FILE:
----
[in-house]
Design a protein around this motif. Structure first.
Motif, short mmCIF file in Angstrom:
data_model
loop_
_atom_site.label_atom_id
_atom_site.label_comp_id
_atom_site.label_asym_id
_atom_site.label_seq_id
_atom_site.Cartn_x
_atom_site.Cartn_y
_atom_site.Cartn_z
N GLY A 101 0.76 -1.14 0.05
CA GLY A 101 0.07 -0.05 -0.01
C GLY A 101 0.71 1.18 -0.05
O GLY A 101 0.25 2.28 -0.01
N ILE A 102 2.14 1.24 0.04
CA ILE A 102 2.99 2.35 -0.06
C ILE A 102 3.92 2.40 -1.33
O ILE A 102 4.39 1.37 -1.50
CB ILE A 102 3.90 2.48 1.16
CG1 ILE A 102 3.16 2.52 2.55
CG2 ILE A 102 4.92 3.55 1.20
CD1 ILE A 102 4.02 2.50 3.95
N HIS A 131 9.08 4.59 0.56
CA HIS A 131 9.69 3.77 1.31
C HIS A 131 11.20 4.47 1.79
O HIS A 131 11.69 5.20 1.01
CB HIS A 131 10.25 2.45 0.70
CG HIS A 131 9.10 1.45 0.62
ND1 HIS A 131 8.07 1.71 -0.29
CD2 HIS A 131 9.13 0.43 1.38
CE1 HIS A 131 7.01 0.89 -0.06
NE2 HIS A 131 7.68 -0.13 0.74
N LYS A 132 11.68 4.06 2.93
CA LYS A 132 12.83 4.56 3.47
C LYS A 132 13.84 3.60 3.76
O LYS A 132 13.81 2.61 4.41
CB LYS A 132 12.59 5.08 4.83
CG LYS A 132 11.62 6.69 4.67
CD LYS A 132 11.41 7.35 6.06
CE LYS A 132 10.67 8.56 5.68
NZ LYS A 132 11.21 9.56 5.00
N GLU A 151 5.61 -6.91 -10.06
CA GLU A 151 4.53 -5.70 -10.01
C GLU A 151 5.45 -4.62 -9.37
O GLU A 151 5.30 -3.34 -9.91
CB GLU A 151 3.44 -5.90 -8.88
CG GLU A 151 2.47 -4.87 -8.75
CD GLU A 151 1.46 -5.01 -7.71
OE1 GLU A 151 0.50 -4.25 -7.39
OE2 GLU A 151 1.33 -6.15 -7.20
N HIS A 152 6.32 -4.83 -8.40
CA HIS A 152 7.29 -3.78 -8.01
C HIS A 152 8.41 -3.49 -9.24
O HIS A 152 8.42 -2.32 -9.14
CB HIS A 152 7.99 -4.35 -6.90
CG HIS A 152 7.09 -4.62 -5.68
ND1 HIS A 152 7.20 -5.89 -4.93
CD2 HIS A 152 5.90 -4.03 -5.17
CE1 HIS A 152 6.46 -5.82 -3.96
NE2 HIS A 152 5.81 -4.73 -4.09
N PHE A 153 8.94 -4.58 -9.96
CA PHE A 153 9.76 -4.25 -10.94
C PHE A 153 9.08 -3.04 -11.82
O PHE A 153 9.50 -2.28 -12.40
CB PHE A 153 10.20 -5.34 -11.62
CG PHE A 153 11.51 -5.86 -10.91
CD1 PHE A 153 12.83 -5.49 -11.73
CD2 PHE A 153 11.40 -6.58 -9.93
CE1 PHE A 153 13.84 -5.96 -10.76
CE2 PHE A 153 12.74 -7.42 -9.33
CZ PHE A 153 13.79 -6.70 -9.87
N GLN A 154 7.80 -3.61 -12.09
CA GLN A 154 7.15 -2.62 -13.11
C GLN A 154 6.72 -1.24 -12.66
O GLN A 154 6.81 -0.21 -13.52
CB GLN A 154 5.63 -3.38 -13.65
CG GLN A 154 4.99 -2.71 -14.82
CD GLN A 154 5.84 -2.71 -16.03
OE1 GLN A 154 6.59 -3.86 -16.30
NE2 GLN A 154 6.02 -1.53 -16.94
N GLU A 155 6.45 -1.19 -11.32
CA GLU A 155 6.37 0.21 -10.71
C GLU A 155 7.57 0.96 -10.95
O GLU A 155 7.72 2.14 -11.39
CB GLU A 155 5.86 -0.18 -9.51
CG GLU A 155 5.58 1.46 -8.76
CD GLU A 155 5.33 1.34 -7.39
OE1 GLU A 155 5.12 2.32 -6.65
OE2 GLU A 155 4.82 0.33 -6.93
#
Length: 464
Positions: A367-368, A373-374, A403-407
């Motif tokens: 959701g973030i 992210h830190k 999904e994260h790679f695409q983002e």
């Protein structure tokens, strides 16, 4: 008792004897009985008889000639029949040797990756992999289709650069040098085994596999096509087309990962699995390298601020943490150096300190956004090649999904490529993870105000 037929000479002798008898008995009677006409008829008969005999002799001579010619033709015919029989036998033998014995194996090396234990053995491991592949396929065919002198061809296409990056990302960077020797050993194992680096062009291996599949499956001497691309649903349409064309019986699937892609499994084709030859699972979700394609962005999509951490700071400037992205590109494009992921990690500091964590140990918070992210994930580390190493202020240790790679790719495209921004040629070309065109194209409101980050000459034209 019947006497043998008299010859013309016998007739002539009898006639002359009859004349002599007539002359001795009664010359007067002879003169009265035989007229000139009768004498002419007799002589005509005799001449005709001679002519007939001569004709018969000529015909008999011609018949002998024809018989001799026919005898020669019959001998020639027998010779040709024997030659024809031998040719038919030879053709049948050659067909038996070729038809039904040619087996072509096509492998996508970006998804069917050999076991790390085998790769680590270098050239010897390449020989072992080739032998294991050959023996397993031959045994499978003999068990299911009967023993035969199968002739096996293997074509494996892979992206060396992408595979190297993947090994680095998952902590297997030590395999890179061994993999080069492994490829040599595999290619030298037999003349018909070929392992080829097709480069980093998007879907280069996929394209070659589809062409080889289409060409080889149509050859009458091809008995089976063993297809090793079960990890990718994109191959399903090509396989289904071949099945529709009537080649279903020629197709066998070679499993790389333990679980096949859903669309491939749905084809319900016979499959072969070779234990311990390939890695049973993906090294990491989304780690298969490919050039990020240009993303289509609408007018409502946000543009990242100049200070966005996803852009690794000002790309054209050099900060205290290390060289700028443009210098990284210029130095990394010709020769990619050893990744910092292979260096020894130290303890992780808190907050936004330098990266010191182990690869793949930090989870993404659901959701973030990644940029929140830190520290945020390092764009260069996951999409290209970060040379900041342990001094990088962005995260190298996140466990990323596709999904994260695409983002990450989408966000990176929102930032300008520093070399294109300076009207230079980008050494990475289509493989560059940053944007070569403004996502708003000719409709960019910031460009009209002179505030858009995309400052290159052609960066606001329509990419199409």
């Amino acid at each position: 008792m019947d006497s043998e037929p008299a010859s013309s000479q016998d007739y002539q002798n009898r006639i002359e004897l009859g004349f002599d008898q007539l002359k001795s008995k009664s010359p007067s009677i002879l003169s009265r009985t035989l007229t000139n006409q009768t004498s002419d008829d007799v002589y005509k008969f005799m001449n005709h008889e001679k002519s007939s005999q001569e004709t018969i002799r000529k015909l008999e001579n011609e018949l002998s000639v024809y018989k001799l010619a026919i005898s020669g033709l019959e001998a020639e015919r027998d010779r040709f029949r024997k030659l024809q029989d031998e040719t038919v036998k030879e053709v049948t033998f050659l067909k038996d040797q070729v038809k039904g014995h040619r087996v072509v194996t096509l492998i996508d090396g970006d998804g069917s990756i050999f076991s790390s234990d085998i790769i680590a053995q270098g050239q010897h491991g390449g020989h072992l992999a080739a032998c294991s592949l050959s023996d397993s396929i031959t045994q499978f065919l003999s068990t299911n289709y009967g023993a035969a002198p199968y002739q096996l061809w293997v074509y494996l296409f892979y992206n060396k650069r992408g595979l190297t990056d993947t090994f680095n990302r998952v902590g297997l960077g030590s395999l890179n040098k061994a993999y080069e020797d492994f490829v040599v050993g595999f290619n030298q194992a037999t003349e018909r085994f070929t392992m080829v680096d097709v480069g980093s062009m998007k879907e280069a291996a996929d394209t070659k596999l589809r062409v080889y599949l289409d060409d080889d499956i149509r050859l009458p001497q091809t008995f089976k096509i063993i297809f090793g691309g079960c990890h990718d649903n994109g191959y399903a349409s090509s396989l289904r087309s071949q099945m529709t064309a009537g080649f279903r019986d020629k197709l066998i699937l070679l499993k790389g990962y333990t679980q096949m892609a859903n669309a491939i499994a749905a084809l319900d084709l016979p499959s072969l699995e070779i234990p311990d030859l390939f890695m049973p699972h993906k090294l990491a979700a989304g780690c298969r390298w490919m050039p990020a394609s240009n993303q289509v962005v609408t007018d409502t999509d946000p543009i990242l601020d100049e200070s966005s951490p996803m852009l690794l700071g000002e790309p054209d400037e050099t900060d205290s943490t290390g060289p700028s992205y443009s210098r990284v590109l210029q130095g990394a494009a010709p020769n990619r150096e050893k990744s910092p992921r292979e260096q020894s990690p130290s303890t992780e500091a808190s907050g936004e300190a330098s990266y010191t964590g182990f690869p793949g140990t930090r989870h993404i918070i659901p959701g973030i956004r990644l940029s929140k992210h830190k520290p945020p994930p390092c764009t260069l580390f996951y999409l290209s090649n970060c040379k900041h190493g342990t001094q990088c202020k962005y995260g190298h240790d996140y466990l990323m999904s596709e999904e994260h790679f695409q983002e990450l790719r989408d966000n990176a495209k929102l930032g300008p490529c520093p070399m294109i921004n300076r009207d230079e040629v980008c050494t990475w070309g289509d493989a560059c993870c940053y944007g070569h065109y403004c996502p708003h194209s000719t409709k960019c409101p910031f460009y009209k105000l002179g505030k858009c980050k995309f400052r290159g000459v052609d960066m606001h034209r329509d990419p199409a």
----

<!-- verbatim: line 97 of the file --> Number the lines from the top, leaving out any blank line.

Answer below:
């Amino acid at each position: 008792m019947d006497s043998e037929p008299a010859s013309s000479q016998d007739y002539q002798n009898r006639i002359e004897l009859g004349f002599d008898q007539l002359k001795s008995k009664s010359p007067s009677i002879l003169s009265r009985t035989l007229t000139n006409q009768t004498s002419d008829d007799v002589y005509k008969f005799m001449n005709h008889e001679k002519s007939s005999q001569e004709t018969i002799r000529k015909l008999e001579n011609e018949l002998s000639v024809y018989k001799l010619a026919i005898s020669g033709l019959e001998a020639e015919r027998d010779r040709f029949r024997k030659l024809q029989d031998e040719t038919v036998k030879e053709v049948t033998f050659l067909k038996d040797q070729v038809k039904g014995h040619r087996v072509v194996t096509l492998i996508d090396g970006d998804g069917s990756i050999f076991s790390s234990d085998i790769i680590a053995q270098g050239q010897h491991g390449g020989h072992l992999a080739a032998c294991s592949l050959s023996d397993s396929i031959t045994q499978f065919l003999s068990t299911n289709y009967g023993a035969a002198p199968y002739q096996l061809w293997v074509y494996l296409f892979y992206n060396k650069r992408g595979l190297t990056d993947t090994f680095n990302r998952v902590g297997l960077g030590s395999l890179n040098k061994a993999y080069e020797d492994f490829v040599v050993g595999f290619n030298q194992a037999t003349e018909r085994f070929t392992m080829v680096d097709v480069g980093s062009m998007k879907e280069a291996a996929d394209t070659k596999l589809r062409v080889y599949l289409d060409d080889d499956i149509r050859l009458p001497q091809t008995f089976k096509i063993i297809f090793g691309g079960c990890h990718d649903n994109g191959y399903a349409s090509s396989l289904r087309s071949q099945m529709t064309a009537g080649f279903r019986d020629k197709l066998i699937l070679l499993k790389g990962y333990t679980q096949m892609a859903n669309a491939i499994a749905a084809l319900d084709l016979p499959s072969l699995e070779i234990p311990d030859l390939f890695m049973p699972h993906k090294l990491a979700a989304g780690c298969r390298w490919m050039p990020a394609s240009n993303q289509v962005v609408t007018d409502t999509d946000p543009i990242l601020d100049e200070s966005s951490p996803m852009l690794l700071g000002e790309p054209d400037e050099t900060d205290s943490t290390g060289p700028s992205y443009s210098r990284v590109l210029q130095g990394a494009a010709p020769n990619r150096e050893k990744s910092p992921r292979e260096q020894s990690p130290s303890t992780e500091a808190s907050g936004e300190a330098s990266y010191t964590g182990f690869p793949g140990t930090r989870h993404i918070i659901p959701g973030i956004r990644l940029s929140k992210h830190k520290p945020p994930p390092c764009t260069l580390f996951y999409l290209s090649n970060c040379k900041h190493g342990t001094q990088c202020k962005y995260g190298h240790d996140y466990l990323m999904s596709e999904e994260h790679f695409q983002e990450l790719r989408d966000n990176a495209k929102l930032g300008p490529c520093p070399m294109i921004n300076r009207d230079e040629v980008c050494t990475w070309g289509d493989a560059c993870c940053y944007g070569h065109y403004c996502p708003h194209s000719t409709k960019c409101p910031f460009y009209k105000l002179g505030k858009c980050k995309f400052r290159g000459v052609d960066m606001h034209r329509d990419p199409a």